This time, my sister took all the money she could find, and there was no way my mom wouldn’t notice that if she looked in her purse. I can only hope that she hasn’t gone near it today. 

Arriving at our house, we knock on the door. “It’s just Mom today, I think” I say in a low voice. My sister doesn’t reply. We hear footsteps, followed by the jangling of three separate chain locks being pulled off. Our house was always like a prison to us, since Dad was the only one with the keys. Not even my mom was allowed to touch them or make a copy. The door opens; it is our mother.

“I know about what you did,” she says. We haven’t even walked through the door yet, and we halt in our tracks. What’s the plan? Should I play dumb or should I confess? My mom decides for me. 

“I checked my purse today. I thought I was losing money but I didn’t know if I was imagining it.” We hang our heads in fake shame, hoping she will go easy on us if she thinks we are sorry.

Get Away Money, Squandered

There’s water dripping on the floor. Confused, I look up. My mom is crying, something I hear her do often but never really see. Real guilt hits me, and I feel discomfort. I know my sister is feeling the same way—I can see it on her face.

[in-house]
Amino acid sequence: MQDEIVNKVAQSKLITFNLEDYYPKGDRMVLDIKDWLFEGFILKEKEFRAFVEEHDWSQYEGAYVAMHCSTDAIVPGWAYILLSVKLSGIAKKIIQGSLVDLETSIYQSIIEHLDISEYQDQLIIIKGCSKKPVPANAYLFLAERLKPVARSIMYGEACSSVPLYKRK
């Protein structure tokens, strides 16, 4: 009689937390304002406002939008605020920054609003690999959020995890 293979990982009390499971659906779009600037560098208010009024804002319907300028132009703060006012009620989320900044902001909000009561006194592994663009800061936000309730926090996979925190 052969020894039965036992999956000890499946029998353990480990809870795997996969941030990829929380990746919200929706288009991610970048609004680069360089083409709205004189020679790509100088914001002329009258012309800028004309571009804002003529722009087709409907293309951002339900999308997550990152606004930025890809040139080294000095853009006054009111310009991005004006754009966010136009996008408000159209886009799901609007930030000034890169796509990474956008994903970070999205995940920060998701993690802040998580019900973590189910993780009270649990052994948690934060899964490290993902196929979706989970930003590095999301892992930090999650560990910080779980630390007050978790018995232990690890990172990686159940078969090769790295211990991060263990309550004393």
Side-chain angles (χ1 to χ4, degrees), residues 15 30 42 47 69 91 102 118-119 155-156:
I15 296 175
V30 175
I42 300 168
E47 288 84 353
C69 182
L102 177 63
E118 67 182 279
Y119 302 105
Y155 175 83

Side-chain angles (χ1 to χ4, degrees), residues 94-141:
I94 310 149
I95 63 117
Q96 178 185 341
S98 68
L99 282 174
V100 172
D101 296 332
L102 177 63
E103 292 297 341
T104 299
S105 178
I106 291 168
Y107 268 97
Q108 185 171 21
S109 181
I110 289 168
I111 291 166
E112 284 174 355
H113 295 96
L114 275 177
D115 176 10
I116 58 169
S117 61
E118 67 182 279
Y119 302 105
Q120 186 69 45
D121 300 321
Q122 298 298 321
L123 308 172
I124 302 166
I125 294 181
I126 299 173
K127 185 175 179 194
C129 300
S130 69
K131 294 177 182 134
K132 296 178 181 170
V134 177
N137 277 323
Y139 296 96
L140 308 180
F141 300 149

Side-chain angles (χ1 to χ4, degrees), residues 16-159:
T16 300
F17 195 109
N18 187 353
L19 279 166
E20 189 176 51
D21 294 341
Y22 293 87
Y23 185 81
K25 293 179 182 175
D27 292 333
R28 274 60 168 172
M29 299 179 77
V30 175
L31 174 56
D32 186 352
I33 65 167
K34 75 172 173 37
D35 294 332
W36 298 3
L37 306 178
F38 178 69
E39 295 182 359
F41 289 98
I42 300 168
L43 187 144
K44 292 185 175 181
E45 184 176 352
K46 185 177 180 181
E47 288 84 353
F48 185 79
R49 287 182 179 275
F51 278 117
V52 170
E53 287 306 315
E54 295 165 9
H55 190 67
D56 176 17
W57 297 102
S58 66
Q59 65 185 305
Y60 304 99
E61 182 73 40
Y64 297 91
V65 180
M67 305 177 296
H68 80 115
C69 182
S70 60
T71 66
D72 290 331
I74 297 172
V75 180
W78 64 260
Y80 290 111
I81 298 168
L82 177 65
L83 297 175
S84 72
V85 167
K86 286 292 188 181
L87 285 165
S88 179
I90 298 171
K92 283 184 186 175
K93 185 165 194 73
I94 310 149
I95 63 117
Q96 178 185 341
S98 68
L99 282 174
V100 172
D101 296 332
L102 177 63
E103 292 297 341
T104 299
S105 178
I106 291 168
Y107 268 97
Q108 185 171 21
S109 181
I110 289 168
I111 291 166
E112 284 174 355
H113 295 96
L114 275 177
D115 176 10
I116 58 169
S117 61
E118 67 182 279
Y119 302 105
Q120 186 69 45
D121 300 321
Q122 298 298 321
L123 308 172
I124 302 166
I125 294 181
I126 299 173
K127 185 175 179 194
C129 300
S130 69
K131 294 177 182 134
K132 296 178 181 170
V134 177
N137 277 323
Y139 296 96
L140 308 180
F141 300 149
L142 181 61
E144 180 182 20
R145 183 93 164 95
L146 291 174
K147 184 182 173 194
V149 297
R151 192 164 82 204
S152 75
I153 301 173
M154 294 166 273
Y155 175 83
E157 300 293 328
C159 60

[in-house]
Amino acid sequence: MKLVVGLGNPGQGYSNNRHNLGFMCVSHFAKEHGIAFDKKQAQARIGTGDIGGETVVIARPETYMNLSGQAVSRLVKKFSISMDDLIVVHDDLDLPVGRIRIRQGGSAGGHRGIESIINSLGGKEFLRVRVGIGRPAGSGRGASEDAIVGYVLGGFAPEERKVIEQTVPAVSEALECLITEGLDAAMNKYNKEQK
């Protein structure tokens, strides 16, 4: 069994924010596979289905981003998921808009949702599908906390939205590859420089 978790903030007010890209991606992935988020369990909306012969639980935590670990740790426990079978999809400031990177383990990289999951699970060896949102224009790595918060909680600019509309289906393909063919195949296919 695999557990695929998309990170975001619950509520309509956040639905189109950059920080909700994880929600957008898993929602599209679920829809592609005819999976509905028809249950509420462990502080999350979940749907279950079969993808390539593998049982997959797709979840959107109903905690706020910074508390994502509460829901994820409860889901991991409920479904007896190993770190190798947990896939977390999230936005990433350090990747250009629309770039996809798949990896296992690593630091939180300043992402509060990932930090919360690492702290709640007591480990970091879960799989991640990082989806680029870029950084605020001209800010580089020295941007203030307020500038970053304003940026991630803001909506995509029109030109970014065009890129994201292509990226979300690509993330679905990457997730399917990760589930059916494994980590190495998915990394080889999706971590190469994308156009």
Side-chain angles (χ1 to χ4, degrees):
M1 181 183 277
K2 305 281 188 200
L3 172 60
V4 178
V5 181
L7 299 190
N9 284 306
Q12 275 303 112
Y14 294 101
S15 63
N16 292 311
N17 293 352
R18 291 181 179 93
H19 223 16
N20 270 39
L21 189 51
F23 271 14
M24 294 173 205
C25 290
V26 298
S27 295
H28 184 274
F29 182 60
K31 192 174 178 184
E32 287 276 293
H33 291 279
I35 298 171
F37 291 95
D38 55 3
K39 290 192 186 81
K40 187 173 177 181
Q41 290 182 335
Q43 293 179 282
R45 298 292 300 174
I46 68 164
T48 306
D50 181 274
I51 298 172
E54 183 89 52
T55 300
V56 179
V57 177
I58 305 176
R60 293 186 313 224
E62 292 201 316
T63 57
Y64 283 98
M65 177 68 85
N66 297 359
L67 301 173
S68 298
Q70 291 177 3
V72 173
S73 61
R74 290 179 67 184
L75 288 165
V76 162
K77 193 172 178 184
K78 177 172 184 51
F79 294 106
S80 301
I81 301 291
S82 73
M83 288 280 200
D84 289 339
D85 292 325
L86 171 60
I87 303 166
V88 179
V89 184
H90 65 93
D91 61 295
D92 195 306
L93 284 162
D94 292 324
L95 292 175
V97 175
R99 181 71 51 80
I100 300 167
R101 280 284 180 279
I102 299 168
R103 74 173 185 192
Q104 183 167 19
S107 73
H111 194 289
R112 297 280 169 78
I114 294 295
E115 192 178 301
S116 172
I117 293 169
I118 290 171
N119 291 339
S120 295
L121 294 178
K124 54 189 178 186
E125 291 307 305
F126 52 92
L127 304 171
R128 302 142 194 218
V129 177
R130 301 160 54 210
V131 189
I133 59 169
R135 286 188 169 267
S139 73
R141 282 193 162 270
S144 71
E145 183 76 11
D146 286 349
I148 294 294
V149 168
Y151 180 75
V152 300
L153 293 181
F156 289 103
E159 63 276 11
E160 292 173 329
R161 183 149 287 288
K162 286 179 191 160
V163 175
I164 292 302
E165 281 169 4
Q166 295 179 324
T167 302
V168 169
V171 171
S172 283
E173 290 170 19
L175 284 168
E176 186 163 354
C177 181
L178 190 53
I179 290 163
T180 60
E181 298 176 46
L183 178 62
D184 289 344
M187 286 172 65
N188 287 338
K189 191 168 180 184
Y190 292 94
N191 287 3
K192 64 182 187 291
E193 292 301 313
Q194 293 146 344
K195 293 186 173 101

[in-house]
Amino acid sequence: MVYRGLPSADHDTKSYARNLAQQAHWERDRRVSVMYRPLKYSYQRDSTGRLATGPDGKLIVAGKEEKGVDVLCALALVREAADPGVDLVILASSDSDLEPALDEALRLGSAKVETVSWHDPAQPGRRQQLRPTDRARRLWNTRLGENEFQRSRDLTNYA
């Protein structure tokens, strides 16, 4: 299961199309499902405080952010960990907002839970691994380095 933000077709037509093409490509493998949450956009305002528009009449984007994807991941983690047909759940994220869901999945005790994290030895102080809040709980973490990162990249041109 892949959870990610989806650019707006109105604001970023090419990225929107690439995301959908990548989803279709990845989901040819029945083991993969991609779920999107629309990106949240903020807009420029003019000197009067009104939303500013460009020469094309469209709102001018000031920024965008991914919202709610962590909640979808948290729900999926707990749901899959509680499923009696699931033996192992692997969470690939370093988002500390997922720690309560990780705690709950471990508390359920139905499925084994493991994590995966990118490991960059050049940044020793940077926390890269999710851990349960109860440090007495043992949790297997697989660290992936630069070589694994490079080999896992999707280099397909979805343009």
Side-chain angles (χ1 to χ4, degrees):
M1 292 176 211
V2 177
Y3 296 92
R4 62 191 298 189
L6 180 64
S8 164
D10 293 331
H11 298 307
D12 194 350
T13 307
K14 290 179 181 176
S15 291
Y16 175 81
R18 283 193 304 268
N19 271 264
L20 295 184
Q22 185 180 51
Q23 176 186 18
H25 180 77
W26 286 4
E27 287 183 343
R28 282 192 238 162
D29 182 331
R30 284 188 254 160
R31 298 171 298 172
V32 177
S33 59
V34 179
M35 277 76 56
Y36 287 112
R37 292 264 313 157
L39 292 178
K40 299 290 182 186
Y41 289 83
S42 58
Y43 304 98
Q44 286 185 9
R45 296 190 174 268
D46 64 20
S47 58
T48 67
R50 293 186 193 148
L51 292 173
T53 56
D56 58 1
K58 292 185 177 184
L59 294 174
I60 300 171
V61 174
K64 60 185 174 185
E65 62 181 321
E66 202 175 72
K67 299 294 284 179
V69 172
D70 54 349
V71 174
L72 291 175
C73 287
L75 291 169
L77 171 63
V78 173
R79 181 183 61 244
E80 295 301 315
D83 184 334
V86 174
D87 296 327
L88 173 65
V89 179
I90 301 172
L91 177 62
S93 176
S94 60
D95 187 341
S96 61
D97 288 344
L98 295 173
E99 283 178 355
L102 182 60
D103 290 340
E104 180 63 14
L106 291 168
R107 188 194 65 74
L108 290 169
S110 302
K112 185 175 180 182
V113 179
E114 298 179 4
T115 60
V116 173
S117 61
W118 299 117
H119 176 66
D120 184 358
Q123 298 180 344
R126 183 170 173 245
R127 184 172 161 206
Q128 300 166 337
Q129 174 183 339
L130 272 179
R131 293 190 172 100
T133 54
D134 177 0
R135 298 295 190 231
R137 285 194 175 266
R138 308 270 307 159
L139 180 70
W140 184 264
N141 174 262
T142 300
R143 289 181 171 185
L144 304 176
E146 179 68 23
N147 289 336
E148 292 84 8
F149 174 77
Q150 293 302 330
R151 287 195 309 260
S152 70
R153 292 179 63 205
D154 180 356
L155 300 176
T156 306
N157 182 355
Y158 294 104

“Please, you two took the money right? Please give it back.” She sobs.

“We can’t,” I whisper under my breath. She hears it and cries harder. “What do you mean you can’t? Please, I won’t get upset, just give my money back!” She stresses “my” with such intensity that I start to get scared.

We live on the first floor of a shared house and we see a neighbor approaching the door. Mom quickly ushers us in. Sitting on my parents’ bed (which doubles as a bench) in our kitchen (which doubles as a living/dining room), she tells us about how that money was all she had, and that our dad controls all the money for our family. We kind of knew the second part already, but we figure it’s best not to say anything while we’re still in trouble.

“I was saving up. Your father pays for everything in the house; I can’t live on my own because I won’t be able to pay for anything.” She says this quietly now, almost as if she doesn’t want to hear her own sentence. 

How cruel could this be? We stole the money my mom was saving up to escape my dad and I had given it all to a stranger. I feel a painful tingle in my eyes and nose, and my heartbeat grows louder. I start to cry, but I stifle the noise. It feels like I don’t deserve to cry right now. My mom sees my tears and seems to agree. 
“Why the hell are you crying?”

Mom Wants to Shop 

Two days after my mom’s confrontation with us, she does something nobody expects.